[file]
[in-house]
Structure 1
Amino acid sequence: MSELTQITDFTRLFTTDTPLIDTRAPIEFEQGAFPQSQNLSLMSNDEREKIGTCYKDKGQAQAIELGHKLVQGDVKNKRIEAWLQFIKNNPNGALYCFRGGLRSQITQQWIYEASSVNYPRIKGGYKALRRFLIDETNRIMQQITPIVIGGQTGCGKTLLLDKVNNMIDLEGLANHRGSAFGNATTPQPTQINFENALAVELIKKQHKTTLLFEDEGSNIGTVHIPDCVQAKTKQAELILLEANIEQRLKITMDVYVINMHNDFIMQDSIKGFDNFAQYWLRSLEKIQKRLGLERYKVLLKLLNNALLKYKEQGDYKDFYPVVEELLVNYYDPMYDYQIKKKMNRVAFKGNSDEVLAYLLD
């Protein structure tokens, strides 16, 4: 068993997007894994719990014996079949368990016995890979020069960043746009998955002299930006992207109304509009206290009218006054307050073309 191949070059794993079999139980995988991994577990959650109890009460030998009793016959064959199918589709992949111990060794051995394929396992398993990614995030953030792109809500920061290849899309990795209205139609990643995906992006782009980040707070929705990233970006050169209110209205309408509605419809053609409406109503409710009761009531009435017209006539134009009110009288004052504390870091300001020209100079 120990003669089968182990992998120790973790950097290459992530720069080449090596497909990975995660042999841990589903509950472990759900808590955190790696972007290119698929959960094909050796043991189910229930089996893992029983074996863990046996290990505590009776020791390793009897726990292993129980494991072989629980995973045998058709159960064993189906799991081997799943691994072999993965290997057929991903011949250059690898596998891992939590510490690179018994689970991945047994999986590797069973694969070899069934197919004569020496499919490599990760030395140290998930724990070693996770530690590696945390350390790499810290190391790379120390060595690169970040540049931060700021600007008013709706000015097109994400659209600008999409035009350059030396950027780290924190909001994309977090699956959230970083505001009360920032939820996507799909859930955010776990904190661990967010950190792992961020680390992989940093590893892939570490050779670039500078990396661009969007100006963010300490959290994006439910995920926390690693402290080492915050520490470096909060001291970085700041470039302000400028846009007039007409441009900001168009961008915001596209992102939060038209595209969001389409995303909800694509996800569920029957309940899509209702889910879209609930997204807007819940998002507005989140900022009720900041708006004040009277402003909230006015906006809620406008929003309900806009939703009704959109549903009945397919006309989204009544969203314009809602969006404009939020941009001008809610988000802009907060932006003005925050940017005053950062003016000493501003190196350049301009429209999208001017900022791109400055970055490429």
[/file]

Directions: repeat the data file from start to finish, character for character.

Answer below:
[in-house]
Structure 1
Amino acid sequence: MSELTQITDFTRLFTTDTPLIDTRAPIEFEQGAFPQSQNLSLMSNDEREKIGTCYKDKGQAQAIELGHKLVQGDVKNKRIEAWLQFIKNNPNGALYCFRGGLRSQITQQWIYEASSVNYPRIKGGYKALRRFLIDETNRIMQQITPIVIGGQTGCGKTLLLDKVNNMIDLEGLANHRGSAFGNATTPQPTQINFENALAVELIKKQHKTTLLFEDEGSNIGTVHIPDCVQAKTKQAELILLEANIEQRLKITMDVYVINMHNDFIMQDSIKGFDNFAQYWLRSLEKIQKRLGLERYKVLLKLLNNALLKYKEQGDYKDFYPVVEELLVNYYDPMYDYQIKKKMNRVAFKGNSDEVLAYLLD
């Protein structure tokens, strides 16, 4: 068993997007894994719990014996079949368990016995890979020069960043746009998955002299930006992207109304509009206290009218006054307050073309 191949070059794993079999139980995988991994577990959650109890009460030998009793016959064959199918589709992949111990060794051995394929396992398993990614995030953030792109809500920061290849899309990795209205139609990643995906992006782009980040707070929705990233970006050169209110209205309408509605419809053609409406109503409710009761009531009435017209006539134009009110009288004052504390870091300001020209100079 120990003669089968182990992998120790973790950097290459992530720069080449090596497909990975995660042999841990589903509950472990759900808590955190790696972007290119698929959960094909050796043991189910229930089996893992029983074996863990046996290990505590009776020791390793009897726990292993129980494991072989629980995973045998058709159960064993189906799991081997799943691994072999993965290997057929991903011949250059690898596998891992939590510490690179018994689970991945047994999986590797069973694969070899069934197919004569020496499919490599990760030395140290998930724990070693996770530690590696945390350390790499810290190391790379120390060595690169970040540049931060700021600007008013709706000015097109994400659209600008999409035009350059030396950027780290924190909001994309977090699956959230970083505001009360920032939820996507799909859930955010776990904190661990967010950190792992961020680390992989940093590893892939570490050779670039500078990396661009969007100006963010300490959290994006439910995920926390690693402290080492915050520490470096909060001291970085700041470039302000400028846009007039007409441009900001168009961008915001596209992102939060038209595209969001389409995303909800694509996800569920029957309940899509209702889910879209609930997204807007819940998002507005989140900022009720900041708006004040009277402003909230006015906006809620406008929003309900806009939703009704959109549903009945397919006309989204009544969203314009809602969006404009939020941009001008809610988000802009907060932006003005925050940017005053950062003016000493501003190196350049301009429209999208001017900022791109400055970055490429």